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No unallocated space to create a new partition

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Anonymous
July 28, 2005 10:28:29 AM

Archived from groups: microsoft.public.windowsxp.perform_maintain (More info?)

Please excuse me if this is in the wrong newsgroup. It seemed like the
closest thing to what I need, but I will re-post if necessary.

My machine runs WinXP Home SP2. I would like to create another
partition (actually, two) on the one large hard disk. I've been working
in the Administrative Tools -> Computer Management -> Disk Management
window. In order to add a partition the instructions say to right-click
on the unallocated space. The problem is that no unallocated space
shows up in the graphical (bottom) view, only the big c: drive and one,
smaller (204MB) partition presumably put there by the laptop manufacturer.

Is there a way to claim some space from the existing "big" drive that
will be designated as unallocated such that I can add some partitions?
If possible I'd prefer not to mess with the existing partition, mainly
because it's not big enough for what I need and because I didn't put it
there and don't know why or if it's used.

And, assuming I get past this, when I create partitions I have to create
them as primary or extended. From my reading it seems that the main
reason to use extended partitions is if you want to have more than four
logical drives on the basic drive, which I do not want to do. Given
that, I should create primary partitions, or am I understanding this
incorrectly?

Thank you.
--
Randy Morgan

More about : unallocated space create partition

Anonymous
July 28, 2005 2:44:35 PM

Archived from groups: microsoft.public.windowsxp.perform_maintain (More info?)

Hi Randy,

Since there is no unallocated space on the hard drive, you would need to use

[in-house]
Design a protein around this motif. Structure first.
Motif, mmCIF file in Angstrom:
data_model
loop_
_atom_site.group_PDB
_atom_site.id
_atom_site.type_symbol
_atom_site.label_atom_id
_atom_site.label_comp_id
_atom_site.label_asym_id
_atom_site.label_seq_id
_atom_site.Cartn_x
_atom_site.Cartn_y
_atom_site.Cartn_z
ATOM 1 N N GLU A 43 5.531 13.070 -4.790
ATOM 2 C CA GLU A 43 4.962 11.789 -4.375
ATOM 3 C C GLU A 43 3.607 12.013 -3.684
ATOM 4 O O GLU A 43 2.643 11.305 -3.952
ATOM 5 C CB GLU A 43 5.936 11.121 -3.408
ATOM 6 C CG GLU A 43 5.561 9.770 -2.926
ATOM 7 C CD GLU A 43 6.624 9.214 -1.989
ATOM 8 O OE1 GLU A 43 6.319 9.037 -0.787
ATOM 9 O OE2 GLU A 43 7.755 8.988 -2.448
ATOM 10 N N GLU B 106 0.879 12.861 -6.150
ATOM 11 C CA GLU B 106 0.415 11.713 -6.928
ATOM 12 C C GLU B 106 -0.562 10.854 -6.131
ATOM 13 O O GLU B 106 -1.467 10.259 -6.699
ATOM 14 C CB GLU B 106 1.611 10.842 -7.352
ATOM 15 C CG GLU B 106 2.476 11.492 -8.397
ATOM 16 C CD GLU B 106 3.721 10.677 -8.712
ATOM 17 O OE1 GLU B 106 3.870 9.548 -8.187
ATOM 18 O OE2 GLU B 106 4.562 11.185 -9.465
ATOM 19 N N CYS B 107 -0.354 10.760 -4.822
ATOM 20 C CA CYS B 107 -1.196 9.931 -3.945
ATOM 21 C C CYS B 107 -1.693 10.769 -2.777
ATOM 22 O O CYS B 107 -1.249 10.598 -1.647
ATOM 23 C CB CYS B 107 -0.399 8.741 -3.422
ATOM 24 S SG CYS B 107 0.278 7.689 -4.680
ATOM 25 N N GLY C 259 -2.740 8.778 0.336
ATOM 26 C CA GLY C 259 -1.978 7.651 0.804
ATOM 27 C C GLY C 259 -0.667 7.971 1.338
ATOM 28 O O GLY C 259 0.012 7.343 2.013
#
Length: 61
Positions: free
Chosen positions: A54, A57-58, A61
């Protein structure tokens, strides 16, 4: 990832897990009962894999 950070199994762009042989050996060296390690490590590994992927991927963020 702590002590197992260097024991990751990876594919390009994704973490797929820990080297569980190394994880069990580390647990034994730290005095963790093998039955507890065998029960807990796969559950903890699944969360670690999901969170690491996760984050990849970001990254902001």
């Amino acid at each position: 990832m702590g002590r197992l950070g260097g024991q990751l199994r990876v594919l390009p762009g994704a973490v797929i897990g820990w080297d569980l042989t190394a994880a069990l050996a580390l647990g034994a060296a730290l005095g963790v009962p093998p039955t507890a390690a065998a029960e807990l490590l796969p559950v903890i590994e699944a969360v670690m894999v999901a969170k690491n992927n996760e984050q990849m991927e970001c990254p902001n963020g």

a third-party partitioning utiilty (eg., BootItNG, Partition Magic,
Partition Commander) in order to create new partitions, using the free space
that is on the existing "big" C drive, without destroying the data that is
currently on it. Also, without the use of a third-party partitioning
utility, you would be limited to one Primary partition per basic disk. Since
you already have a Primary partition (the C drive), any further partitions
that you create on the same disk would have to be logical drives, and the
logical drives exist within an extended partition, whether you have only one
logical drive or more than four logical drives........I think that this is
what you may be misunderstanding, that the "main reason" for creating an
extended partition is not the only reason for creating one. And even though
the third-party utility can create more than one Primary partition on a
single disk, it does so by hiding any other Primary partitions........if
you're not planning on installing an operating system on the new partitions,
then this is probably not the route that you want to take.

The small (204MB) partition probably contains the file(s) (more than likely
contains one file that is a compressed image of the C drive) necessary to
perform a Recovery or Restore operation (factory Restore, not to be confused
with XP's System Restore). If this is indeed the case, then there is a good
chance that performing a Recovery or Restore operation would delete any
further drives that are created (destroying all data that is currently on
those drives), leaving you once again with only a C drive and the small
partition.



Regards,

--
Patti MacLeod
Microsoft MVP - Windows Shell/User

"Randy Morgan" <rmorgan1016@comcast.net> wrote in message
news:udod7d2kFHA.3960@TK2MSFTNGP12.phx.gbl...
> Please excuse me if this is in the wrong newsgroup. It seemed like the